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ASME PTC 19.3 TW-2010 pdf download

ASME PTC 19.3 TW-2010 pdf download.Thermowells.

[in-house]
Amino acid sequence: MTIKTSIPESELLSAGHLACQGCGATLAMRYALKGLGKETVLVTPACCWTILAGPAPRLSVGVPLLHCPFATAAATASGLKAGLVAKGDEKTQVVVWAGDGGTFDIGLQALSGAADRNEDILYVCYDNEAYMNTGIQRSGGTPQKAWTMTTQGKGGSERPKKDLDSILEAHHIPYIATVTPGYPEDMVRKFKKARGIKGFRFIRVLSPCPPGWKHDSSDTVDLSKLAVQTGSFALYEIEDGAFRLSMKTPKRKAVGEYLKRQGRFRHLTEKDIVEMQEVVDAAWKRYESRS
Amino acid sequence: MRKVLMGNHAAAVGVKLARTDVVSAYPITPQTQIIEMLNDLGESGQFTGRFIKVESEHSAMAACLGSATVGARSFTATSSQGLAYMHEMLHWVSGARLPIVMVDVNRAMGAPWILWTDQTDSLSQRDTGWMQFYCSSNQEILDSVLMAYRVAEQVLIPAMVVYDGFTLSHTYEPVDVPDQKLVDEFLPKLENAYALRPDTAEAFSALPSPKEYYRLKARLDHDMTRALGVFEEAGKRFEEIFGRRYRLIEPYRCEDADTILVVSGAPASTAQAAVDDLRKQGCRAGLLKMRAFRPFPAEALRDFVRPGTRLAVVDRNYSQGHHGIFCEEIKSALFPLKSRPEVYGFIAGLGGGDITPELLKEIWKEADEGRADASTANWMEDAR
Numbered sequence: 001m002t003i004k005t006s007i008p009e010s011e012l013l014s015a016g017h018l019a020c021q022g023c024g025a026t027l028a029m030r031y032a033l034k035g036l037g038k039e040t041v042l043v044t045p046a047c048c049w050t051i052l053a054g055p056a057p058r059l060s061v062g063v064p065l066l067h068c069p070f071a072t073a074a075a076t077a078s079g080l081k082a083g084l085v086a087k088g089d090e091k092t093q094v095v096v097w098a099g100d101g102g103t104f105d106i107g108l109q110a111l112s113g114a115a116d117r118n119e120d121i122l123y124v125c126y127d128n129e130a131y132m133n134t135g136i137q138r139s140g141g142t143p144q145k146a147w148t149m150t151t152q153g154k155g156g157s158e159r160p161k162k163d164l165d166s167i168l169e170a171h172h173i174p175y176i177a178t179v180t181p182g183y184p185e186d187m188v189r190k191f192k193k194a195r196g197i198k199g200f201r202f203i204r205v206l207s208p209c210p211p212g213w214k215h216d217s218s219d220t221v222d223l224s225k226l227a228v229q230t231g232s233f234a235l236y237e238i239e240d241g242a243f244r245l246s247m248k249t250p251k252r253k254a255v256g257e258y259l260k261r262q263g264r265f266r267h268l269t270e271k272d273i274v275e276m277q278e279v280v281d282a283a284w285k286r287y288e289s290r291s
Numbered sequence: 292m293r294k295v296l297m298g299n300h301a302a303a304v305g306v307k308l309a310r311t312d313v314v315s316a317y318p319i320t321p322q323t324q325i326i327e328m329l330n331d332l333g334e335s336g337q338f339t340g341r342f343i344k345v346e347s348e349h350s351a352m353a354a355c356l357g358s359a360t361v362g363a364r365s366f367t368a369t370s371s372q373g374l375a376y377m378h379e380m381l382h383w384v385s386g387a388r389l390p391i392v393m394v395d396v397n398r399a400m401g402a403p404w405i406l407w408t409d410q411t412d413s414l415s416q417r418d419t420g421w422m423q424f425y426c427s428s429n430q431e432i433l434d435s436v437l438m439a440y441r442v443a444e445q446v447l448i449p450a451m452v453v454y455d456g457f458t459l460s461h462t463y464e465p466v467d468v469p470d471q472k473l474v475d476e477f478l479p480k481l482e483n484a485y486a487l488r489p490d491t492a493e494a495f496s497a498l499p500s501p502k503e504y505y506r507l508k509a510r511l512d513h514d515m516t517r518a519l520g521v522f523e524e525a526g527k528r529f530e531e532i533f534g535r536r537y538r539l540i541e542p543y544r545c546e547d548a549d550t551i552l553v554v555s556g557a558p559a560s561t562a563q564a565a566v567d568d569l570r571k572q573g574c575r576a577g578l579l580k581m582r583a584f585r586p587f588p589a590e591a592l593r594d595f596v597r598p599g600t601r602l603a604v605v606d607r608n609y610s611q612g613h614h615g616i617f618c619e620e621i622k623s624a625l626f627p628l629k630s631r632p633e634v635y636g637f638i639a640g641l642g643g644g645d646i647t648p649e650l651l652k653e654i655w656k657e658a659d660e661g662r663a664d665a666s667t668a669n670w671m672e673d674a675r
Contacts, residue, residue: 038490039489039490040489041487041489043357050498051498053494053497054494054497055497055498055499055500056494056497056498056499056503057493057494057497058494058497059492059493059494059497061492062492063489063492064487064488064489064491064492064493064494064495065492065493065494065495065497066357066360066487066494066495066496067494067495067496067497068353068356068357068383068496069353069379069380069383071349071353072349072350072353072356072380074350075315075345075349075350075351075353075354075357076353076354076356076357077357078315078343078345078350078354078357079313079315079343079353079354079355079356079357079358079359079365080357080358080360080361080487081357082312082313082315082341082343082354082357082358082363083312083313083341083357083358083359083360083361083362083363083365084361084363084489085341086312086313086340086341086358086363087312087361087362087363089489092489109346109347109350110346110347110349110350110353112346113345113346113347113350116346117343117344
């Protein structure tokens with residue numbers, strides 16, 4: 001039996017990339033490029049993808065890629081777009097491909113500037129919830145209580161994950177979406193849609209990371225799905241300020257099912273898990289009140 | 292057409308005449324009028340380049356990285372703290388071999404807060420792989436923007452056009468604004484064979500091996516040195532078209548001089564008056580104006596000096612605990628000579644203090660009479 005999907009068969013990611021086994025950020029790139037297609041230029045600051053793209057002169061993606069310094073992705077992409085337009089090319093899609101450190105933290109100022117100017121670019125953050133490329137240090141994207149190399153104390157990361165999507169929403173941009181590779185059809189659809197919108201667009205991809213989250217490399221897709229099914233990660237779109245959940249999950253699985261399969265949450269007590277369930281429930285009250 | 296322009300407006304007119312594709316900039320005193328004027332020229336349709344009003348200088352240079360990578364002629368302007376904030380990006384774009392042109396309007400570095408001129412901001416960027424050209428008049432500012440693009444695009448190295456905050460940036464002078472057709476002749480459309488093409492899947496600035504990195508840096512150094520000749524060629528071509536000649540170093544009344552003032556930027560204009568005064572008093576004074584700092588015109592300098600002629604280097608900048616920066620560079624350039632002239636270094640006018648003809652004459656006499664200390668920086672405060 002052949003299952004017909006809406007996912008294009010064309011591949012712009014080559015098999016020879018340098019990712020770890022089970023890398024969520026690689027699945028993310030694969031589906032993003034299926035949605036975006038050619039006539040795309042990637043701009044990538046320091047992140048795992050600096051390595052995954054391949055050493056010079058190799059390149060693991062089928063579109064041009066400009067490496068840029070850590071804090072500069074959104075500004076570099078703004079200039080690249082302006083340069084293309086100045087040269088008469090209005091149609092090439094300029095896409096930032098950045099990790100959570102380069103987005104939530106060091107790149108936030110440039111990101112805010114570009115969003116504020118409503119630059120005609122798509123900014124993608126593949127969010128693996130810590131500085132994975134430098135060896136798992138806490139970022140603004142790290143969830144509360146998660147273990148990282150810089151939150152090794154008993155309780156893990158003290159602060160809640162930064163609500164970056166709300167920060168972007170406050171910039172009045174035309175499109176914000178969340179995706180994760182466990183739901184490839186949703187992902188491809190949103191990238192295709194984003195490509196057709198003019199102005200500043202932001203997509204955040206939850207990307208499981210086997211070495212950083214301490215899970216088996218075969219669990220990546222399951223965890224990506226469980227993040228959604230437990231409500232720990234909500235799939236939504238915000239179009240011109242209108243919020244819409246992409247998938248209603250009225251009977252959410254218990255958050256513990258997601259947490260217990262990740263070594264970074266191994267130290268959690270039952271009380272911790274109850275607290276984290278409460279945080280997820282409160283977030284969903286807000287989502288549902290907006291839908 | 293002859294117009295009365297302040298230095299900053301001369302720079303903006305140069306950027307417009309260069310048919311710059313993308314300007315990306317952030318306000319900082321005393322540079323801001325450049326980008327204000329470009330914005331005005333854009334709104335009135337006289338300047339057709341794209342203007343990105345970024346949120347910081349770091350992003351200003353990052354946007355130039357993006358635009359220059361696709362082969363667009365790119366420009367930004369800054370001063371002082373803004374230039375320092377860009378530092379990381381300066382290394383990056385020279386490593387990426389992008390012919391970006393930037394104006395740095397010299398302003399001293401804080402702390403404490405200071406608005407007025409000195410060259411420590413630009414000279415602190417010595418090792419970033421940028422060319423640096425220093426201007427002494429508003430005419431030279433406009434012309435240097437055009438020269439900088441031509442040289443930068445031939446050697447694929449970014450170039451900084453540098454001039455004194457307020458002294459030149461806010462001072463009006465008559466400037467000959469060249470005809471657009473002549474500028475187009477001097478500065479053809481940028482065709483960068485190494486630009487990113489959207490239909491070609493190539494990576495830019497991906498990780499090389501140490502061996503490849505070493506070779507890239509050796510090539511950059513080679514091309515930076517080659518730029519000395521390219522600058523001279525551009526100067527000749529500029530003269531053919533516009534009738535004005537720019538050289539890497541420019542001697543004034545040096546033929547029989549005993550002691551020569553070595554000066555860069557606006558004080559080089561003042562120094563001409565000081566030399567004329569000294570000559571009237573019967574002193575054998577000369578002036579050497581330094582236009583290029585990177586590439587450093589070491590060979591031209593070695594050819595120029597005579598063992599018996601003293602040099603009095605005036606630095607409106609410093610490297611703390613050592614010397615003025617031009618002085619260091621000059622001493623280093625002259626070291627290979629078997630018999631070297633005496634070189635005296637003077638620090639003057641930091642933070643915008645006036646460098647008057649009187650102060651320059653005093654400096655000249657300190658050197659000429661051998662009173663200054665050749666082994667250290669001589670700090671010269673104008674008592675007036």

Proposing Revisions. Revisions are made periodically to the Code to incorporate changes that appear necessary or desirable, as demonstrated by the experience gained from the application of the Code. Approved revisions will be published periodically. The Committee welcomes proposals for revisions to this Code. Such proposals should be as specific as possible, citing the paragraph number(s), the proposed wording, and a detailed description of the reasons for the proposal, including any pertinent documentation. Proposing a Case. Cases may be issued for the purpose of providing alternative rules when justified, to permit early implementation of an approved revision when the need is urgent, or to provide rules not covered by existing provisions. Cases are effective immediately upon ASME approval and shall be posted on the ASME Committee Web page. Request for cases shall provide a Statement of Need and background information. The request should identify the Code, paragraph, figure or table number(s), and be written as a Question and Reply in the same format as exist- ing Cases. Requests for Cases should also indicate the applicable edition of the Code to which the proposed Case applies. Interpretations. Upon request, the PTC Standards Committee will render an interpretation of any requirement of the Code. Interpretations can be rendered only in response to a written request sent to the Secretary of the PTC Standards Committee. The request for interpretation should be clear and unambiguous. It is further recommended that the inquirer sub- mit his request in the following format: Subject: Cite the applicable paragraph number(s) and a concise description. Edition: Cite the applicable edition of the Code for which the interpretation is being requested. Question: Phrase the question as a request for an interpretation of a specific requirement suitable for general understanding and use, not as a request for an approval of a proprietary design or situation. 4-1 CONFIGURATIONS Figure 4-1-1 shows a schematic diagram of a ther- mowell, along with its characteristic dimensions. Typical thermowell attachment confgurations include threaded, socket weld, weld-in, lap-joint (Van Stone), and integral-fanged as shown in Figs. 4-1-2, 4-1-3, and 4-1-4 (see also Table 4-1-1). These fgures are representa- tive of common practice but do not display all allowable attachment confgurations. The selection of a specifc attachment method is subject to the governing piping or pressure vessel code. Use of ball joints, spherical unions, or packing gland installations are not permissible in Performance Test Code applications. The dashed line in Fig. 4-1-1 indicates the support plane, which is an imaginary extension of the supporting-struc- ture surface that passes through the shank of the ther- mowell. The unsupported length, L, is calculated as the distance from the tip of the thermowell to the intersection of the thermowell axis with this surface. For thermowells mounted on fanges or welded into weld adaptors, the support plane will be a fat plane. However, for thermo- wells mounted by direct welding into a pipe wall, the sup- port plane will actually be a curved surface with the same curvature as the inner pipe wall. For this case, the support plane should be approximated as a plane located at a dis- tance from the thermowell tip equal to the largest actual distance from the tip to any point on the true curved sup- port surface. For thermowells welded to a fange or pipe wall at an angle, the support plane will not be normal to the thermowell axis. For nonstandard attachments, this Standard covers the design requirements of the thermowell only. The designer shall account for the support compliance of the attachment (refer to subsection 6-6), and the attachment method shall meet all the requirements of the governing piping or pressure vessel code.

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